Guest post by Afsaneh Moradian
About two years ago, my child informed us that they are nonbinary. That they don’t identify as either boy or girl and that their pronouns are now they/them. Of course, this was fine with me. But, it did take a lot of work to stop using she/her in reference to my child. I’d been doing that for so many years, I was on autopilot. I tried and made a lot of mistakes in the beginning. Then I saw my child’s face when someone called them she. My child cringed and felt so uncomfortable.
I finally understood. This wasn’t a fad or a whim. This was my child’s identity. This was about my child feeling accepted and having the right to exist as they are. I stopped making mistakes and started using only they/them after that day.
The same couldn’t be said for extended family. To this day, even though I literally wrote a book on using preferred pronouns, most aunts, uncles, and cousins refer to my child as she/her. Perhaps they don’t all know. Perhaps they don’t understand. Perhaps some are too old to make the adjustment. Perhaps. I continue to patiently explain and remind them. My child loves our family, too. So they don’t say anything. They do their best to ignore it. Around extended family, my child is forced to be she/her. And forced to smile about it to not make others feel uncomfortable.
Isn’t this putting a 9-year-old into the metaphorical closet? They must suppress who they are and pretend to be a girl because loved ones demand it – either because it’s easier or because they don’t agree that nonbinary is a real thing. Now, my child happens to be a happy, confident kid who doesn’t let others’ ignorance get them down.
I hope that remains the case because it’s much harder in adolescence.
I recently met with a nonbinary person who is about to enter high school. They shared with me that, even though they realized they were nonbinary months ago, they had not shared the news with a single teacher, classmate, or adult in their sphere. In this child’s case, there was a change in name and pronouns.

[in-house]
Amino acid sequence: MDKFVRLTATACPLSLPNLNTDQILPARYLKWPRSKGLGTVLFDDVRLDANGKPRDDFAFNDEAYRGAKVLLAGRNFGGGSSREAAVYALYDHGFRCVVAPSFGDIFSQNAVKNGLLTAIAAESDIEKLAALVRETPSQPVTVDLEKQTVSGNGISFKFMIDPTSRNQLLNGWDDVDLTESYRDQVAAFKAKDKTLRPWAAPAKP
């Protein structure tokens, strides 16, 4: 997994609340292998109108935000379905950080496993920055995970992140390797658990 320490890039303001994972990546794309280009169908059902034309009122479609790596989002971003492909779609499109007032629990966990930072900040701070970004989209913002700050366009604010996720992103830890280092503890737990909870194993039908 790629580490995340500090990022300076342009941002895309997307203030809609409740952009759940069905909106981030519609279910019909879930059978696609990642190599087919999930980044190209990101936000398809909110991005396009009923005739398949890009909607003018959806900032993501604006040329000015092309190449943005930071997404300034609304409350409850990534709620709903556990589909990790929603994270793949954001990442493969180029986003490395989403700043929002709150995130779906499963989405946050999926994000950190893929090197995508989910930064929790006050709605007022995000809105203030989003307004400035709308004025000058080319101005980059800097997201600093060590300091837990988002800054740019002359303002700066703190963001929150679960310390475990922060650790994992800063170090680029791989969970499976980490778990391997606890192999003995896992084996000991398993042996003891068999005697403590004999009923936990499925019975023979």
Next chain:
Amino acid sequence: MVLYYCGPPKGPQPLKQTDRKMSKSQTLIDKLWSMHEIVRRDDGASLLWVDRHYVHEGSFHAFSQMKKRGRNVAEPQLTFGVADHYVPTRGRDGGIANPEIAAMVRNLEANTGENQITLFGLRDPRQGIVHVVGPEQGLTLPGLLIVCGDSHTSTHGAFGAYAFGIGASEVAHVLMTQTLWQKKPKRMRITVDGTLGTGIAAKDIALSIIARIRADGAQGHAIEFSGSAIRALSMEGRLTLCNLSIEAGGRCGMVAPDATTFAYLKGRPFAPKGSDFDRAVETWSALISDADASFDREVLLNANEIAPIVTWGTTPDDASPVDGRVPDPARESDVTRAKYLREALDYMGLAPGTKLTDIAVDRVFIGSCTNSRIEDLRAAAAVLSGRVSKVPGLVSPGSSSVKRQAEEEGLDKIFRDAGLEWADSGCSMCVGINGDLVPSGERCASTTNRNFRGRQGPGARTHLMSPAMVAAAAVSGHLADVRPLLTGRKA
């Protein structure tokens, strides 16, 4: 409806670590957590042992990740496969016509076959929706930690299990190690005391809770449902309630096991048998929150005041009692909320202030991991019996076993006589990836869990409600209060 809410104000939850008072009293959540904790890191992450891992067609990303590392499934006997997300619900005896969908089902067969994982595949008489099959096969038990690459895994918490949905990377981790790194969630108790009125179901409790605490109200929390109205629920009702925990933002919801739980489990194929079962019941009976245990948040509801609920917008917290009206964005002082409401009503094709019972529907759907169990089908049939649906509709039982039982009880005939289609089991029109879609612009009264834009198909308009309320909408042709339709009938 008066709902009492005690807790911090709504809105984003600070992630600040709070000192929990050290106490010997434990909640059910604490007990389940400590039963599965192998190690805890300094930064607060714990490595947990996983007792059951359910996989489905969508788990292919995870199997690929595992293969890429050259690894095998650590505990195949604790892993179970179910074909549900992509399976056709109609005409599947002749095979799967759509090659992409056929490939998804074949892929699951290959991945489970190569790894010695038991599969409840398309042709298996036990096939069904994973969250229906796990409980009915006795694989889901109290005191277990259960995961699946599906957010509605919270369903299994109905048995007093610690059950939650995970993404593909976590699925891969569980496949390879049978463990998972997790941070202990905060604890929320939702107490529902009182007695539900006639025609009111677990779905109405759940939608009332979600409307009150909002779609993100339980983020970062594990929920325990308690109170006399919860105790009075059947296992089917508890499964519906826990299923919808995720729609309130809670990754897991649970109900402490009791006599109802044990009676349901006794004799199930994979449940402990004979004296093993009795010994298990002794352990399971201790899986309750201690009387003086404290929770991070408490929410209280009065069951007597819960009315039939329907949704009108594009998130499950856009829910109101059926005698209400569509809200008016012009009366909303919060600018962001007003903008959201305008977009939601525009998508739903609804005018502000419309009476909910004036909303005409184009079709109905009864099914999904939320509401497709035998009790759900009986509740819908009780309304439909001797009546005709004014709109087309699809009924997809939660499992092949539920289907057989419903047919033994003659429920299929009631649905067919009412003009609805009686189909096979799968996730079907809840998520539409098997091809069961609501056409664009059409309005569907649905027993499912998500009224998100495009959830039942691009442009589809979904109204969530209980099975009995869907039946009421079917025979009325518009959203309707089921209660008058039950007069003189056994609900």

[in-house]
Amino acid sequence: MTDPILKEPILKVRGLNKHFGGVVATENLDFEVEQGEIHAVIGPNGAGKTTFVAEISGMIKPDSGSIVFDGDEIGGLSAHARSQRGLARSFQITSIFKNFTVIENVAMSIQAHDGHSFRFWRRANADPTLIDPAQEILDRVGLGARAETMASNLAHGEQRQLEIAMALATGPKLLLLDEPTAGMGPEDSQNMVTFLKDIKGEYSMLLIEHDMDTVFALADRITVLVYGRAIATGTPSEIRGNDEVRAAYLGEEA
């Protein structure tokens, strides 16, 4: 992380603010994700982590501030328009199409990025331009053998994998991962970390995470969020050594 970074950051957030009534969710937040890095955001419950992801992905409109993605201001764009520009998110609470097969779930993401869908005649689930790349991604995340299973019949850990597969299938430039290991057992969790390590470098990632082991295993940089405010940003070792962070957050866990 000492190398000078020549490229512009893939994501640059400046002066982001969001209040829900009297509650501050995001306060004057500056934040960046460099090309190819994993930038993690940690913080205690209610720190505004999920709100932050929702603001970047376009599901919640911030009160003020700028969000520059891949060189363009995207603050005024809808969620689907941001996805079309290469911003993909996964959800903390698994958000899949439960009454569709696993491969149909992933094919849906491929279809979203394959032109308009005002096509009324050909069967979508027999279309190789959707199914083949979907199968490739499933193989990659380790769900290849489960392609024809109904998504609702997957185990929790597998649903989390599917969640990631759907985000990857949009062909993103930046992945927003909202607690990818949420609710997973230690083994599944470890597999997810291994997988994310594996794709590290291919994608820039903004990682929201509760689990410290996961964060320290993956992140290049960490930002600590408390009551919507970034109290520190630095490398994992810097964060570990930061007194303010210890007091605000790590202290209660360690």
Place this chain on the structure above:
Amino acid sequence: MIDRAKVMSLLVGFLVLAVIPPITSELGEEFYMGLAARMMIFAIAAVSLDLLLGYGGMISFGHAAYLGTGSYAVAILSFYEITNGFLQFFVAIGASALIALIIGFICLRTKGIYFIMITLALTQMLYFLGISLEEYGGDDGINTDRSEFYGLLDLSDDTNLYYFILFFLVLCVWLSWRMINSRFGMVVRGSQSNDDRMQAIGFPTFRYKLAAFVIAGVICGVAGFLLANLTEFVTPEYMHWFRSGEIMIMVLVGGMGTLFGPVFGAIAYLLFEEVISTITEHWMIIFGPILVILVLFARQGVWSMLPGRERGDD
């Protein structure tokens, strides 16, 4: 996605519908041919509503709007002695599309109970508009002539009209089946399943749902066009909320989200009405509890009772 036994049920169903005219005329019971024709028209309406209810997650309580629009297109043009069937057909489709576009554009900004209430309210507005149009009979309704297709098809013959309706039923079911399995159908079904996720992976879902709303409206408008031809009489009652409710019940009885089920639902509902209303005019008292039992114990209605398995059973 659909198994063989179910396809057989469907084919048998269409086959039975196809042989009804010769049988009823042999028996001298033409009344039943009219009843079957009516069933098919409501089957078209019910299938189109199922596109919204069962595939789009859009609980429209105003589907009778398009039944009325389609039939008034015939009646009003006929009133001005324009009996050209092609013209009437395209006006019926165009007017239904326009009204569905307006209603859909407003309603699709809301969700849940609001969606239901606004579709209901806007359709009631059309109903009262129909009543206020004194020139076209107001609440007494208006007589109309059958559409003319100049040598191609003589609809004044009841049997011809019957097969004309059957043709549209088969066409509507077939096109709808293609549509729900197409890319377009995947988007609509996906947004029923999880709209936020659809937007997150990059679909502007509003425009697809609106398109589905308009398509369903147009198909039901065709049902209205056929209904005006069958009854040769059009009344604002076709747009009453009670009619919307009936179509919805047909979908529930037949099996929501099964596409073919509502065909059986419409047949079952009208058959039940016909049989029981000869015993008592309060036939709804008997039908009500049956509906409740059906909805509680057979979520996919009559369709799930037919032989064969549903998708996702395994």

Again, this child chose the closet over watching teacher after teacher consciously choose to use the wrong name and pronouns day after day. They knew how awful it would feel to experience the disrespect and lack of support from teachers they admired.
And the bullying. They knew their immature classmates would take cues from the teachers and make fun of them, possibly physically hurting them. It didn’t seem worth it to go through all of that, so they hid who they really were for most of the school year.
For my child: Jamie is Jamie: A Book About Being Yourself and Playing Your Way
I’ve written and said in many spaces that I wrote my first picture book, Jamie is Jamie: A Book About Being Yourself and Playing Your Way (Free Spirit 2018) for my then daughter. It was a message to all children that toys and games do not have gender and they should feel free to be themselves.
For my grandmother: Jamie and Bubbie: A Book About People’s Pronouns
The second Jamie book, Jamie and Bubbie: A Book About People’s Pronouns (Free Spirit 2020), was not written for my child. I actually wrote it for my grandmother.
Why I write these books
I write books to make it clear that children need to be loved and celebrated for who they are. The days of pegging gender stereotypes and expectations on children are in the past. Right?
So is the closet that LGBTQIA folks had to hide in for so long. Isn’t that what Pride represents? It’s a celebration of the right to love who you want and be who you are.
Supporting our LGBTQIA Kids
Now it’s time for the adults to do better. It’s time for adults to listen and really hear the children in our lives. What do they want to play with? What name is a better fit for them? What pronouns accurately represent how they identify?
There are picture books to buy and read with our children so they grow up to feel accepted and accepting of others.
But those books are also clear messages to adults, there are even tips in the back, that we have to do the work, and we have to set an example of what it means to show love and respect to LGBTQIA children. And defend and protect them when necessary.
About the author
Afsaneh Moradian is a homeschooling coach and the author of the Jamie is Jamie Series (Free Spirit Publishing) and Homeschooling Outside the Box: A Guide to Child-Centered Homeschooling (2021). Her newest book, Jamie’s Class Has Something to Say: A Book About Sharing with Adults (Free Spirit 2022) will be released this summer.